17.552 rupture and the "self-study" route

From: Humanist Discussion Group (by way of Willard McCarty willard.mccarty@kcl.ac.uk)
Date: Wed Jan 21 2004 - 03:42:00 EST

               Humanist Discussion Group, Vol. 17, No. 552.
       Centre for Computing in the Humanities, King's College London
                     Submit to: humanist@princeton.edu

         Date: Wed, 21 Jan 2004 08:11:57 +0000
         From: Julia Flanders <Julia_Flanders@brown.edu>
         Subject: Re: 17.542 rupture, continuing openness and an end to the

I think Willard is absolutely right, that keeping open the "self-study"
route is essential--not just because such a route will continue to be a
source of creative, intelligent influx to the humanities computing
community, but also because it reminds us to evaluate things (and people)
by looking at their merits rather than through the codified symbology of
credentials. In the back of my mind I have the "crisis in scholarly
publishing" which seems to me in many ways to be founded on precisely this
problem: the displacement of critical evaluation onto a system (e.g. peer
review) and away from some more direct interaction ("I read this book and
found it useful/rubbish/astute but of limited impact/etc."). While the
basic idea behind the system makes sense (you find out what qualified peers
think), we're now in a situation where the system has been reified to the
point where its habits and usages matter more, have more momentum and
significance, than the underlying purposes being accomplished.

I can see why in the well-established disciplines this has happened and may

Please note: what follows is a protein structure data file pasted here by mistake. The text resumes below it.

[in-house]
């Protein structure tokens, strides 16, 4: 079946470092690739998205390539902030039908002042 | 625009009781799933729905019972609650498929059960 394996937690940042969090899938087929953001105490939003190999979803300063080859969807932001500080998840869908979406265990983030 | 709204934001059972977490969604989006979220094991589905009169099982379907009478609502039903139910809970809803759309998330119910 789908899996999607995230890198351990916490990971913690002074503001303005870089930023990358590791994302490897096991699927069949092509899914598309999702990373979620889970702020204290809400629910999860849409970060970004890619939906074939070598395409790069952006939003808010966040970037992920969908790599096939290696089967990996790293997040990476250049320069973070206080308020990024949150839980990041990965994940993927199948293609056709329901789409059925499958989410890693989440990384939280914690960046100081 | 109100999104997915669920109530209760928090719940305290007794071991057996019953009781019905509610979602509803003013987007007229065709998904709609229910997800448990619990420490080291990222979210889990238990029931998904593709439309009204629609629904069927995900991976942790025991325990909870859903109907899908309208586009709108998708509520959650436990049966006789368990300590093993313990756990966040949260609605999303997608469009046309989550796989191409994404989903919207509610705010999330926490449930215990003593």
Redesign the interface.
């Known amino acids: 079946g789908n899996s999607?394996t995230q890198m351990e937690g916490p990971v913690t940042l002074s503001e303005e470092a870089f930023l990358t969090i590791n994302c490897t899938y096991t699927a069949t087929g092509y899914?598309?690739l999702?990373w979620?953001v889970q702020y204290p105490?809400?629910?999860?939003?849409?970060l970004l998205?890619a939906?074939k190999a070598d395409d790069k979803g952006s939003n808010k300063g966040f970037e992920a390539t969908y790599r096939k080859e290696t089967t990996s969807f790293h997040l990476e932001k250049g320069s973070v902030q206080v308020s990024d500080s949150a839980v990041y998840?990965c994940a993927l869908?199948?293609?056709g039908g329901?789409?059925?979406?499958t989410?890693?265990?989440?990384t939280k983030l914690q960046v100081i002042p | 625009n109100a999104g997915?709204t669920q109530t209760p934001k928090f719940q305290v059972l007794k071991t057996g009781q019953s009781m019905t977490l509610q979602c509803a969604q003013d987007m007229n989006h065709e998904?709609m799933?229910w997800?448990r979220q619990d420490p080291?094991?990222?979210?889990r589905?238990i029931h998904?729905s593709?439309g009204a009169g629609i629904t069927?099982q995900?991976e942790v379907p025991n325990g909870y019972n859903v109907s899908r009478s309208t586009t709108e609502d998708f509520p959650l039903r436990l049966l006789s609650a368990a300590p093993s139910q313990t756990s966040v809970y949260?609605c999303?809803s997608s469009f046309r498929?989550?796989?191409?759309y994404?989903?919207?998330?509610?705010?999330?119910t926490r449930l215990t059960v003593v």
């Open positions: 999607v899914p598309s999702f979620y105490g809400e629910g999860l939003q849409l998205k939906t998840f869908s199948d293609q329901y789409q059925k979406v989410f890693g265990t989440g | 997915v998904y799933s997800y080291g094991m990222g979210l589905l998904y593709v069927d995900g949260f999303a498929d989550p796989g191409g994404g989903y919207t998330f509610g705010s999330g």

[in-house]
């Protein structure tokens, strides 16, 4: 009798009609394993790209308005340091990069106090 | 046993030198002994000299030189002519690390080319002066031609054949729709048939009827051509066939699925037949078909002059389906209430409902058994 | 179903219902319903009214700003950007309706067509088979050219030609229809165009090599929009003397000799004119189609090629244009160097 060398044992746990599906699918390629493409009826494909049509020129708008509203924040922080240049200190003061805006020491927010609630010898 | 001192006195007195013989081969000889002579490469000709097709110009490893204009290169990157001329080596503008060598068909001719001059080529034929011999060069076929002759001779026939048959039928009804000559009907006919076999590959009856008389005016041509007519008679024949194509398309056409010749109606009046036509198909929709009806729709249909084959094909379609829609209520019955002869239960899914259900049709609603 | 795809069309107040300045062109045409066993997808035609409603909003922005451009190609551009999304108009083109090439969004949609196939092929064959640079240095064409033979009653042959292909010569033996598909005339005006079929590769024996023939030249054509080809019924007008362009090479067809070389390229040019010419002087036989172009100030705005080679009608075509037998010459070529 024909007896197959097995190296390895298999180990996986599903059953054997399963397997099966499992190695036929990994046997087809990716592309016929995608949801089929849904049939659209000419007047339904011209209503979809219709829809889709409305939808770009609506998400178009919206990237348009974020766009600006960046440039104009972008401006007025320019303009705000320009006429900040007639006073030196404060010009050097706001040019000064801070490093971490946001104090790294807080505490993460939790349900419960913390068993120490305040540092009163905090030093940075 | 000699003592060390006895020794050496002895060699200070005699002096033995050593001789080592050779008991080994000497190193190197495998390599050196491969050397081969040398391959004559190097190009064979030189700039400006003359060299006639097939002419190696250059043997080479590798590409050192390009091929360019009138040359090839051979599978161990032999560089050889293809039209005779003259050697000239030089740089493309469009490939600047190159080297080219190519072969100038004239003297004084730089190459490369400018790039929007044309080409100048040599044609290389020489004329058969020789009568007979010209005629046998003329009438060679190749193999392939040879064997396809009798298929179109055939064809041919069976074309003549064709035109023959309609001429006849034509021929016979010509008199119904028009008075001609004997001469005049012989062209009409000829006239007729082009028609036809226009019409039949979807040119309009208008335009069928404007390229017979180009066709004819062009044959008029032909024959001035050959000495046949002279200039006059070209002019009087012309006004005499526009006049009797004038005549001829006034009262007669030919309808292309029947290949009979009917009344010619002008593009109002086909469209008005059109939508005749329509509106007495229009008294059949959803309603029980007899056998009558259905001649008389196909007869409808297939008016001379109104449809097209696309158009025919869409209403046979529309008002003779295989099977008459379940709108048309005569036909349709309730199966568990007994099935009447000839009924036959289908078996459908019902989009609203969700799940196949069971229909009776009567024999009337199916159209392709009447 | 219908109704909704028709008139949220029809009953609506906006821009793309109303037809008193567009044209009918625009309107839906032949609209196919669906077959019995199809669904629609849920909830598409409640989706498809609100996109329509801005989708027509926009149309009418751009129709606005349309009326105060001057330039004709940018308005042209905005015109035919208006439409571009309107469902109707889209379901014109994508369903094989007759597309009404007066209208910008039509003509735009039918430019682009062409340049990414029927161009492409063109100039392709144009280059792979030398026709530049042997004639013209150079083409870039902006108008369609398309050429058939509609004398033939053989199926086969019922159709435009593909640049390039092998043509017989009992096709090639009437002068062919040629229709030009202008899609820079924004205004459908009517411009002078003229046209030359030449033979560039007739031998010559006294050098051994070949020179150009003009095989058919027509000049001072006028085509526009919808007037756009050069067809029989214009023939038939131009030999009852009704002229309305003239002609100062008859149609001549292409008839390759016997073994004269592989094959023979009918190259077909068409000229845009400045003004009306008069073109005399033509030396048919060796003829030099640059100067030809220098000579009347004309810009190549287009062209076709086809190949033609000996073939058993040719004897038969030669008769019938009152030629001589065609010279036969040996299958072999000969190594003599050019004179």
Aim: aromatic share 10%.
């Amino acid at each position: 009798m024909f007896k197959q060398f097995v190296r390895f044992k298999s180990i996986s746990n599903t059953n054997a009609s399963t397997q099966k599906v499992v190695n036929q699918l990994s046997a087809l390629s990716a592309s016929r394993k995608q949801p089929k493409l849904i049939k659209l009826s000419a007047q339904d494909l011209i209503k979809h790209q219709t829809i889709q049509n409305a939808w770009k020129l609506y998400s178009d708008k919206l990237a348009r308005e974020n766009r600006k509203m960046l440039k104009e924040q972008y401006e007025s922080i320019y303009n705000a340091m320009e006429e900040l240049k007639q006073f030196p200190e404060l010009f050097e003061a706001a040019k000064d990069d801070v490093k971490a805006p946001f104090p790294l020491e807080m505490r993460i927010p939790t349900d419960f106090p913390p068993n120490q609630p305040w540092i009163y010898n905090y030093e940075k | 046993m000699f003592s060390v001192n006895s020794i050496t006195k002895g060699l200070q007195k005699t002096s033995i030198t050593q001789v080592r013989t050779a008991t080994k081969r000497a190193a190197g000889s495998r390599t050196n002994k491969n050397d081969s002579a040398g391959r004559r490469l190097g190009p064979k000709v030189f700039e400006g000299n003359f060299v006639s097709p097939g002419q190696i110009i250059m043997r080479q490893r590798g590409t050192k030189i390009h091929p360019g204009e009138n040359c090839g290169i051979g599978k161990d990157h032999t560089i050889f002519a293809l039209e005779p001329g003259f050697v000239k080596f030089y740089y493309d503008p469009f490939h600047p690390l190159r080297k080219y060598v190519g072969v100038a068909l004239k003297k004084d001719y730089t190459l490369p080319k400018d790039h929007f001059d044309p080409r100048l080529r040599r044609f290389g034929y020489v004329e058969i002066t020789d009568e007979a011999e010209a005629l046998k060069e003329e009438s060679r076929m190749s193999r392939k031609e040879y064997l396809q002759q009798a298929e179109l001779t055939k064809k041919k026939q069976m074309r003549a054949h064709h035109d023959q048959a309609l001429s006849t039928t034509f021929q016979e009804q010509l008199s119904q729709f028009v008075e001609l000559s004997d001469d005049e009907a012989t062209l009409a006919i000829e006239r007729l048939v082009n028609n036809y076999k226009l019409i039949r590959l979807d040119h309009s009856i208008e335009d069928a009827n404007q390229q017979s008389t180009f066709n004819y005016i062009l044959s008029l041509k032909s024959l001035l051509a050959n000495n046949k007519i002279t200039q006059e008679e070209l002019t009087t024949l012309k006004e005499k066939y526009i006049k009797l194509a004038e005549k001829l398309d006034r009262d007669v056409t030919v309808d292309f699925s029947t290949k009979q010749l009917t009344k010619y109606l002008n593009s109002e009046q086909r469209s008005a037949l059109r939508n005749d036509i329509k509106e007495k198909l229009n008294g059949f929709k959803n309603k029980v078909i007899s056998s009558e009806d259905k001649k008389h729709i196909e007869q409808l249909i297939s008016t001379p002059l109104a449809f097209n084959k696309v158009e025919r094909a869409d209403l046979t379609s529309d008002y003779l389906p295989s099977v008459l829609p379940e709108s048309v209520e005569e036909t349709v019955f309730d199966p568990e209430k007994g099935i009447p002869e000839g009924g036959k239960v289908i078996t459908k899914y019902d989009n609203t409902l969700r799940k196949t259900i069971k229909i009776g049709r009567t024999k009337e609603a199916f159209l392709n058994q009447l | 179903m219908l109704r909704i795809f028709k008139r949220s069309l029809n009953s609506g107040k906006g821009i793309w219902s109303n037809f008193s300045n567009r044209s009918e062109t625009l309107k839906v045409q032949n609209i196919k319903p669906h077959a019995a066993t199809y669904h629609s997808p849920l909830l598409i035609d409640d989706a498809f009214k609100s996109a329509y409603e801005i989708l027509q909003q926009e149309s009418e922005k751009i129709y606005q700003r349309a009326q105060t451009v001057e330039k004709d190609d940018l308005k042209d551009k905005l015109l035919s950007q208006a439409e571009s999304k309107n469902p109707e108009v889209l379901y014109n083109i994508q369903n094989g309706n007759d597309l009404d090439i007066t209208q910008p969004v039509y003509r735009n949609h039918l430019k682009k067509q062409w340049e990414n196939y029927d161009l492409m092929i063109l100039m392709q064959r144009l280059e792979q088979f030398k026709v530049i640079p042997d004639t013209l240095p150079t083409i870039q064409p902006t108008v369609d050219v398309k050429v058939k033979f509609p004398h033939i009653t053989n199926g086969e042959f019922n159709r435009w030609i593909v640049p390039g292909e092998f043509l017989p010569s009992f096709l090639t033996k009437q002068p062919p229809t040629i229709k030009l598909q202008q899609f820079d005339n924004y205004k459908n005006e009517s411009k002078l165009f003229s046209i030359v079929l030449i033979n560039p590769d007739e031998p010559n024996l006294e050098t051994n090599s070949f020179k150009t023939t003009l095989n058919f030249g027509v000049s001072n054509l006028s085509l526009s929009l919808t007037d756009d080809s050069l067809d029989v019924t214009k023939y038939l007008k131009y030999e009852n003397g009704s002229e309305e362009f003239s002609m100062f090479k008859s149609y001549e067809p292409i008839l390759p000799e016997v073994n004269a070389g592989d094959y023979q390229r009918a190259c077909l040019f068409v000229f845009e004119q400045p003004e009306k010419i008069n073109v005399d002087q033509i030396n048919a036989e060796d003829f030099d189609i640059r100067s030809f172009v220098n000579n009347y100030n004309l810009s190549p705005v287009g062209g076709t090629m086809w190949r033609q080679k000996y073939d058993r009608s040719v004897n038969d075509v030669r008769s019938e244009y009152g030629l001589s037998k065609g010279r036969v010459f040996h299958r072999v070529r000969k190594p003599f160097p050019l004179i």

even be necessary, but our community isn't yet at that point: we can cast
our nets widely and assess the significance of what we find for ourselves;
we can hire people who have all sorts of experience and different forms of
education; we're lucky to be in this position still. Even though we may
find it desirable and useful to design educational programs that formalize
what we know and cultivate a new generation of colleagues, we should make
sure that we don't start mistaking those programs for The Way.

Best wishes, Julia

At 9:02 AM +0000 1/19/04, "Humanist Discussion Group (by way of Willard
McCarty wrote:
>Apart from preliminary responses of mitigation that Rockwell notes, I can
>see two others to that rupture. The first is the selfless response, or what
>might be called the not-worthy-to-tie-the-shoelaces gambit. For those of us
>that have taken the road described above, this has much to recommend it. In
>us it would help engender good mental health. It would also (not to put to
>fine a point on the matter) issue an appropriately bracing challenge to the
>practitioners thus engendered. The second response, however, seems better
>to me: to resist or stitch up the rupture, to keep the self-study road
>open. I would argue against the formation of yet another discipline, with
>its (inevitable?) fall into the "blinding clarity" of intense
>specialization, if only for that reason.

This archive was generated by hypermail 2b30 : Fri Mar 26 2004 - 11:19:38 EST